Hot Ham and Cheese Roll up
Refrigerated Pizza Dough
¼ cup Miracle Whip
1 egg, beaten
Directions: Preheat oven to 350° Flatten pizza dough on a rectangular cookie sheet Place ham on the dough, leaving ½” around the edges Mix cheese and dressing, spread on top of ham Fold the dough lengthwise in thirds Turn loaf over so it is seam side down. Cut several slits on top and brush with egg. Bake 35-40 minutes or until dough is golden.
Creamy Chicken Fajitas (4 servings, I usually double for leftovers)
1lb boneless skinless chicken breasts (cut into strips) or tenders
1 c thin onion slices
1 c thin green pepper slices (optional if you hate green peppers)
1 tub Philadelphia Santa Fe Blend Cooking Crème
8 flour tortillas
1 c shredded cheese
Directions: Cook chicken and vegetables in a large nonstick skillet on medium heat until chicken is no longer pink. Add cooking crème, cook and stir two minutes Spoon down center of tortillas, top with cheese.
Grilled Chicken and Red Potatoes
Boneless skinless chicken breasts or tenders
Marinade of your choice
One pound red potatoes
2 tbsp water
2 tsp oil
3 tbsp butter
2 tbsp grated parmesan (if you have it, if not, use shredded cheese)
1 tbsp chopped parsley (if you have it, if not use salt and pepper)
Directions: Preheat grill. Cut chicken into strips or thin enough pieces that grilling won’t take as long (I use kitchen scissors and tongs because I hate to touch it.) Place chicken in a bowl and cover with marinade of your choice. Set aside for thirty minutes. Place potatoes in center of an 18” long piece of heavy duty aluminum foil, or a double layer of regular foil. Drizzle with water and oil. Bring up foil sides. Double fold tip and ends to seal packet, leaving room for heat circulation inside. Grill potatoes 18-20 minutes or until a fork goes in easily. Grill chicken until no longer pink inside. Brush extra marinade on top of cooking chicken for extra flavor. Cut slits in the foil to release steam. Open packet. Drizzle potatoes with butter, cheese and parsley/salt and pepper. Serve with cottage cheese.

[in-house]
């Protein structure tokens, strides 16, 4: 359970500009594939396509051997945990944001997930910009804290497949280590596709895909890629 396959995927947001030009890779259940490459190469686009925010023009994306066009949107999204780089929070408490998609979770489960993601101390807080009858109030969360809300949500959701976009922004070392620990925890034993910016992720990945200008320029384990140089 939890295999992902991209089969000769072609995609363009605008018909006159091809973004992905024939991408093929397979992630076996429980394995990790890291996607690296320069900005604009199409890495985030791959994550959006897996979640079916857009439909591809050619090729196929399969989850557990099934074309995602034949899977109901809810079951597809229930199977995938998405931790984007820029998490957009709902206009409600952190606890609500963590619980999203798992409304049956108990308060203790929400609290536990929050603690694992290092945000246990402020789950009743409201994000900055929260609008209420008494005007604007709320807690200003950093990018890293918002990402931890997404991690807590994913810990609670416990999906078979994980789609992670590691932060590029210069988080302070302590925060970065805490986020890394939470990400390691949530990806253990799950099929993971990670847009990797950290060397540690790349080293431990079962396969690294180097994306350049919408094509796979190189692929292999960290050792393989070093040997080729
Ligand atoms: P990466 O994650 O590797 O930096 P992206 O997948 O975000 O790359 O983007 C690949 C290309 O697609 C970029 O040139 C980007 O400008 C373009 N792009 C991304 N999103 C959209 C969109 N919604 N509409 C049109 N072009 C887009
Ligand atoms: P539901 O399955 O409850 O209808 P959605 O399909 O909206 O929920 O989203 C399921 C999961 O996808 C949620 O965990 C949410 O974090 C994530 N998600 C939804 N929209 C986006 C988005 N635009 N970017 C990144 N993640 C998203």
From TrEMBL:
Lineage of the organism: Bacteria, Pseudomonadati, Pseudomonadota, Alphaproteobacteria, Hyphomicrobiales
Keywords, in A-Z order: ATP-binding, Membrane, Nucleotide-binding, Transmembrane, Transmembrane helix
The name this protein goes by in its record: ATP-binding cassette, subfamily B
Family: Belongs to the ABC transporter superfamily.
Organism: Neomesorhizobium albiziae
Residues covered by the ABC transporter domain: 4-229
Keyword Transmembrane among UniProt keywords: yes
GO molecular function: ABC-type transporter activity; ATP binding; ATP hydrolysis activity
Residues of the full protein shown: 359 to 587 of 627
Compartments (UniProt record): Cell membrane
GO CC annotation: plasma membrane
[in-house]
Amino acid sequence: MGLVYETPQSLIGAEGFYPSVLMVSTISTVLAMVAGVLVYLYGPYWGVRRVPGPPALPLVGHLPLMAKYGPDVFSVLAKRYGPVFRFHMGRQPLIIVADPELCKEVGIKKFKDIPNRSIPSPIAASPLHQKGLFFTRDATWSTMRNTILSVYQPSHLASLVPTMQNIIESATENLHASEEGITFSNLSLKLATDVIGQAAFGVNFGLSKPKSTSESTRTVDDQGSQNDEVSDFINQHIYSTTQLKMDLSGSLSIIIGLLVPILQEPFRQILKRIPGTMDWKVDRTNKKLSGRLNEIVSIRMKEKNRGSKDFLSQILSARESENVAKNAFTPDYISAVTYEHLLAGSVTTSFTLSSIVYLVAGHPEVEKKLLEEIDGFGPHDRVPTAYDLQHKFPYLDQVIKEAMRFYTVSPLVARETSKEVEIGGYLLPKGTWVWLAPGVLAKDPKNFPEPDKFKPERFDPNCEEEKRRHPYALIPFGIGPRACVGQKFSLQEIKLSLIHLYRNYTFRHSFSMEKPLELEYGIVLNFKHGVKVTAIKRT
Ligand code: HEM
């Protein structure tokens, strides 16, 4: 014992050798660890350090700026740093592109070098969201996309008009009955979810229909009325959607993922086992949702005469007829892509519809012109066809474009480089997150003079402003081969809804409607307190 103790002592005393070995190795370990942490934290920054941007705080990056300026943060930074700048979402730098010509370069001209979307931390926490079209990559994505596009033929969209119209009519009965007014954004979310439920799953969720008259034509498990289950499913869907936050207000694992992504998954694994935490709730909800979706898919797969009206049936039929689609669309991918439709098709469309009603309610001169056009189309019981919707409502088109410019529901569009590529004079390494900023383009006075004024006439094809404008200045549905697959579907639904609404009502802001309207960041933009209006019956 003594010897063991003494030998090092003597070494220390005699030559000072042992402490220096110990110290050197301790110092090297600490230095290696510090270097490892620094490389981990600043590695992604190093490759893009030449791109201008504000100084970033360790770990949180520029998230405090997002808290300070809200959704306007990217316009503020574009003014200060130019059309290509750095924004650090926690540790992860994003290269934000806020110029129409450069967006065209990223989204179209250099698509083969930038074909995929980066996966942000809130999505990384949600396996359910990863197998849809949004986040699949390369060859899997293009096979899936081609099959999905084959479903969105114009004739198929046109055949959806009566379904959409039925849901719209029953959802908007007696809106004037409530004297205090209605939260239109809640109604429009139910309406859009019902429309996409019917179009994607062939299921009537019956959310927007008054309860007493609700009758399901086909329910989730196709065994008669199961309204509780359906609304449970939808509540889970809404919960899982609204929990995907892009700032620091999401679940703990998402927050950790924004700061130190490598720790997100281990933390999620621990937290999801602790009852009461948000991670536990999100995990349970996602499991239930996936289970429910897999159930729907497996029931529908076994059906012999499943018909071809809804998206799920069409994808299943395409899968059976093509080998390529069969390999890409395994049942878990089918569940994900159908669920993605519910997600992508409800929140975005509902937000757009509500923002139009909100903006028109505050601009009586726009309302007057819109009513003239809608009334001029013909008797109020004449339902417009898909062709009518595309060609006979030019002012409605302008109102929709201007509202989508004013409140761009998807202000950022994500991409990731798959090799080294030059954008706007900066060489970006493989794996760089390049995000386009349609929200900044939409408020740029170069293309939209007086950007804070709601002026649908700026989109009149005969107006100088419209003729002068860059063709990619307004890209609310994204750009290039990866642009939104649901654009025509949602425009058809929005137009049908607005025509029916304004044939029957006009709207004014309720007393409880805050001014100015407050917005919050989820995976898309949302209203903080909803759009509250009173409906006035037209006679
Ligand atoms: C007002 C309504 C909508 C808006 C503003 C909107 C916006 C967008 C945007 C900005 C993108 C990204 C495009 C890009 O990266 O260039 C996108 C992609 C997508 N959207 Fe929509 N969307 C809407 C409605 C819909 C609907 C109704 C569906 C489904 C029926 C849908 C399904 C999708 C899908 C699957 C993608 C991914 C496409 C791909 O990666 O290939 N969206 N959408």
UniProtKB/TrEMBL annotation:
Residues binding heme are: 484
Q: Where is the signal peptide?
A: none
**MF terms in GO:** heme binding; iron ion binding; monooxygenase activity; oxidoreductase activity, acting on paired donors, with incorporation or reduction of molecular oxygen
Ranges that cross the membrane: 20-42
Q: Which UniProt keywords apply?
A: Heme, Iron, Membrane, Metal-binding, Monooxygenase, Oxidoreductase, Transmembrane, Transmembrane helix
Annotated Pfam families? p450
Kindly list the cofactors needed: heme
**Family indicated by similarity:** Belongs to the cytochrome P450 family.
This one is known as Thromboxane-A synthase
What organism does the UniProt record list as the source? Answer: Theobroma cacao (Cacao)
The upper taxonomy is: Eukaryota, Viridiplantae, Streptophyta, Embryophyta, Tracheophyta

Fish Sticks and French Fries I have one meal a week when I do regular planning that doesn’t require any effort. You’ll still be eating at home and saving money. Pretend you're on Sandra Lee's Semi Homemade and make yourself a cocktail.
Shopping list: To make this easier, group similar items together so you don’t have to back track through the store.
English Muffins (bread aisle)
1 bag shredded cheese
Refrigerated Pizza Dough (with the refrigerated canned biscuits)
Two packages boneless skinless chicken breasts or tenders
1 green pepper (optional if you hate green peppers)
1 tub Philadelphia Santa Fe Blend Cooking Crème (with the cream cheese)
8 flour tortillas
Marinade of your choice (we like teriyaki, or lemon pepper. Italian dressing is also a good marinade)
One pound red potatoes
2 tbsp grated parmesan (if you have it, if not, use shredded cheese).
Butter (if you don’t already have it)
How do you approach meal planning?